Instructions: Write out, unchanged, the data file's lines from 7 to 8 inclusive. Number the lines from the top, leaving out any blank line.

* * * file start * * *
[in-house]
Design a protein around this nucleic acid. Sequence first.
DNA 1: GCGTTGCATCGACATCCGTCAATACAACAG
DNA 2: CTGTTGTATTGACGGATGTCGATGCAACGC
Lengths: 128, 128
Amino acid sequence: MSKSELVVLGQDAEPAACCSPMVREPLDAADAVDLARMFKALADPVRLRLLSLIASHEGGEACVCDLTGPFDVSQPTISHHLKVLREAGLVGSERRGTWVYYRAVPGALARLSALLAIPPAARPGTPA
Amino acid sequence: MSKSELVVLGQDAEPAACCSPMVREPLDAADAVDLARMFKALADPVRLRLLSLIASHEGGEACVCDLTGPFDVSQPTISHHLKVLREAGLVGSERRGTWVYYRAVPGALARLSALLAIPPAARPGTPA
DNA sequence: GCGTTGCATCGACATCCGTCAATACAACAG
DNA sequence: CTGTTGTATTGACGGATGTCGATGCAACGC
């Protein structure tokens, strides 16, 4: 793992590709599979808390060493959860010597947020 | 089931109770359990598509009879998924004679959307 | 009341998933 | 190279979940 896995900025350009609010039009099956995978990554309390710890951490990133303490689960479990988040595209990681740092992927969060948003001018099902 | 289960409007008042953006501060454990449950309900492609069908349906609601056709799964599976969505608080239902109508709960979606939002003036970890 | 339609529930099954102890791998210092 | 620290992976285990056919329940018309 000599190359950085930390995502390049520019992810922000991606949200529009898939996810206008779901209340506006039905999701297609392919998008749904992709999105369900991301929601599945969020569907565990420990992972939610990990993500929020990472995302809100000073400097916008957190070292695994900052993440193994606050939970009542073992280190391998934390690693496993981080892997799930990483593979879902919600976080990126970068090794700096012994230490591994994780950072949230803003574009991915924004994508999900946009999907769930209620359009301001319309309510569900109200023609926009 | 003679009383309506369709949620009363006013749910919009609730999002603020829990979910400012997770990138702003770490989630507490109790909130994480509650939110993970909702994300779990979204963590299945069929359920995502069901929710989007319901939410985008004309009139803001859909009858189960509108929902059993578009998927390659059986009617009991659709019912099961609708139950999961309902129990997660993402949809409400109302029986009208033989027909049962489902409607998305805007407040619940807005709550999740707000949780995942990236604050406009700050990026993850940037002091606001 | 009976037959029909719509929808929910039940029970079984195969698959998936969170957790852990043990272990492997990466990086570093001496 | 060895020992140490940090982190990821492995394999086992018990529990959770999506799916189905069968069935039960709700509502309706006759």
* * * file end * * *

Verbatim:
Amino acid sequence: MSKSELVVLGQDAEPAACCSPMVREPLDAADAVDLARMFKALADPVRLRLLSLIASHEGGEACVCDLTGPFDVSQPTISHHLKVLREAGLVGSERRGTWVYYRAVPGALARLSALLAIPPAARPGTPA
DNA sequence: GCGTTGCATCGACATCCGTCAATACAACAG